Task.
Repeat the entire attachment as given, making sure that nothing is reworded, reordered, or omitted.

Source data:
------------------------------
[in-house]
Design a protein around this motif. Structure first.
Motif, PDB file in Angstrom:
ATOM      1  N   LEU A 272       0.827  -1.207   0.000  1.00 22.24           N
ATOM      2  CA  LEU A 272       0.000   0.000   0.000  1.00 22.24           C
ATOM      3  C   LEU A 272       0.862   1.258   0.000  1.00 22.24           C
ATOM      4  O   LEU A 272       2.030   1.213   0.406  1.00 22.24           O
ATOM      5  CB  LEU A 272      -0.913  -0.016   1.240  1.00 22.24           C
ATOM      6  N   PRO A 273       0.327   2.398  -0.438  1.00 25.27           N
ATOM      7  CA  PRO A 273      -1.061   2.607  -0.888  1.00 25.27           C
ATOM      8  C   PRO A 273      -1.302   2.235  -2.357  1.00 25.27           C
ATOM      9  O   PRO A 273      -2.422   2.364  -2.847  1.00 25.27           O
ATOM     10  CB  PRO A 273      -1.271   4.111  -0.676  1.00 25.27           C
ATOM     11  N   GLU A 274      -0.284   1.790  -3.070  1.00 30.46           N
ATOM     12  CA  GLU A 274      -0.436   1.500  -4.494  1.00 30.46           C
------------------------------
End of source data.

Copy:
[in-house]
Design a protein around this motif. Structure first.
Motif, PDB file in Angstrom:
ATOM      1  N   LEU A 272       0.827  -1.207   0.000  1.00 22.24           N
ATOM      2  CA  LEU A 272       0.000   0.000   0.000  1.00 22.24           C
ATOM      3  C   LEU A 272       0.862   1.258   0.000  1.00 22.24           C
ATOM      4  O   LEU A 272       2.030   1.213   0.406  1.00 22.24           O
ATOM      5  CB  LEU A 272      -0.913  -0.016   1.240  1.00 22.24           C
ATOM      6  N   PRO A 273       0.327   2.398  -0.438  1.00 25.27           N
ATOM      7  CA  PRO A 273      -1.061   2.607  -0.888  1.00 25.27           C
ATOM      8  C   PRO A 273      -1.302   2.235  -2.357  1.00 25.27           C
ATOM      9  O   PRO A 273      -2.422   2.364  -2.847  1.00 25.27           O
ATOM     10  CB  PRO A 273      -1.271   4.111  -0.676  1.00 25.27           C
ATOM     11  N   GLU A 274      -0.284   1.790  -3.070  1.00 30.46           N
ATOM     12  CA  GLU A 274      -0.436   1.500  -4.494  1.00 30.46           C